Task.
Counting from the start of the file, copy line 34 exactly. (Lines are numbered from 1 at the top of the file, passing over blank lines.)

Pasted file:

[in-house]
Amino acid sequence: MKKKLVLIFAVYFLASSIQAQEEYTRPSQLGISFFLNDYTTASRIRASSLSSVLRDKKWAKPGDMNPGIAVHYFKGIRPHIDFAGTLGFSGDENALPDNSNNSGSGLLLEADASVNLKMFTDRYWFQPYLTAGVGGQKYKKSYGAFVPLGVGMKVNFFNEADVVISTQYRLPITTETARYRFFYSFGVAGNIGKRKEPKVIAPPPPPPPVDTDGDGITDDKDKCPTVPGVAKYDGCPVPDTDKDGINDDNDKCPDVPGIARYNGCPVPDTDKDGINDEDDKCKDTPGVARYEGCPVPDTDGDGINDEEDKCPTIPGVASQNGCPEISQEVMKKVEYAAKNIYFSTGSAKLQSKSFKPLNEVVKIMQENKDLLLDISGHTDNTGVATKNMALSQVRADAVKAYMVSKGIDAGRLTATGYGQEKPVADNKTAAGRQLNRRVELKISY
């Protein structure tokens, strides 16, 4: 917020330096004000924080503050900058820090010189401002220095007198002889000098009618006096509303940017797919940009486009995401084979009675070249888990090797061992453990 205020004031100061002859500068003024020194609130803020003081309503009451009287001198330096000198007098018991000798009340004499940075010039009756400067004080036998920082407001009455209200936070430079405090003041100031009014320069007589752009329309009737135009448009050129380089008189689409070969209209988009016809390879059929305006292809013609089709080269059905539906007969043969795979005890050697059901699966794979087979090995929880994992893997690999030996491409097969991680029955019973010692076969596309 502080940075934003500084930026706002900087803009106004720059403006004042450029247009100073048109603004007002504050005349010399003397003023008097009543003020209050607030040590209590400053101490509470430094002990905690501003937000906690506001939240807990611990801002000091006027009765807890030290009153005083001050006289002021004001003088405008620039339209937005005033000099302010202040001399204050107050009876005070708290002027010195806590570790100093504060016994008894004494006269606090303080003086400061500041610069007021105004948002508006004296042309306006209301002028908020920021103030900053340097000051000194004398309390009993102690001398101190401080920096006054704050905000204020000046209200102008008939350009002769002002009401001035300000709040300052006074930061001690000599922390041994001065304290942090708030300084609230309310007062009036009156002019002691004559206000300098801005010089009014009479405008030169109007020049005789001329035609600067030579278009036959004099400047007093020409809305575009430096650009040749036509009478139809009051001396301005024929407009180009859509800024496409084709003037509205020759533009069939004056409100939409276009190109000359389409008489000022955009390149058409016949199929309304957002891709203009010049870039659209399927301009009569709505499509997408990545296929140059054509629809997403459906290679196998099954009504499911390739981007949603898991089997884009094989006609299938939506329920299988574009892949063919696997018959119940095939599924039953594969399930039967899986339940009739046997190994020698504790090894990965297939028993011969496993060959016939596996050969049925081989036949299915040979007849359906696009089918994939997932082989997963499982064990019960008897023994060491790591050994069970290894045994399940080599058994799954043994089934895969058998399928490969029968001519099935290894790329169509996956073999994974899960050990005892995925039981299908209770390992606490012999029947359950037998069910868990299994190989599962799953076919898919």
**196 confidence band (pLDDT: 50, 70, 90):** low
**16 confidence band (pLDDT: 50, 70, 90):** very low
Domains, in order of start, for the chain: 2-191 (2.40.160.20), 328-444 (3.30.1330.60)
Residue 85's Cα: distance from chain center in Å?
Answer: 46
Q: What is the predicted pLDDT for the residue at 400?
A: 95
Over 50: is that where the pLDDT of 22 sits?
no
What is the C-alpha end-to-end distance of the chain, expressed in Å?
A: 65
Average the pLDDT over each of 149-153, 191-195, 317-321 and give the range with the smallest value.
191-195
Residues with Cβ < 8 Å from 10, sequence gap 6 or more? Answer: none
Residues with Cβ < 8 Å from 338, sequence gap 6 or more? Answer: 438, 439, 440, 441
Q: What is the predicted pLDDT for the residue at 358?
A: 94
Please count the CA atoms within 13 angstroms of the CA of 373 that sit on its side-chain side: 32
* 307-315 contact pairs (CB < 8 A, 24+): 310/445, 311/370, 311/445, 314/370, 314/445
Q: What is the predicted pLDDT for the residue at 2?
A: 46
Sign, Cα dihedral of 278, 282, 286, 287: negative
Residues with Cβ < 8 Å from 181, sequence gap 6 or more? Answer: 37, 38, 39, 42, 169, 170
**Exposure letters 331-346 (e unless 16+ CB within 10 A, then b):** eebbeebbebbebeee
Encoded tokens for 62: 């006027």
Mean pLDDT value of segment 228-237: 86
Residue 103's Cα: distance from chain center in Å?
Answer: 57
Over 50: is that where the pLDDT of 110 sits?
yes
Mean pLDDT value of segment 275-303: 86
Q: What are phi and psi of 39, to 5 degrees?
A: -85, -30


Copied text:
Mean pLDDT value of segment 275-303: 86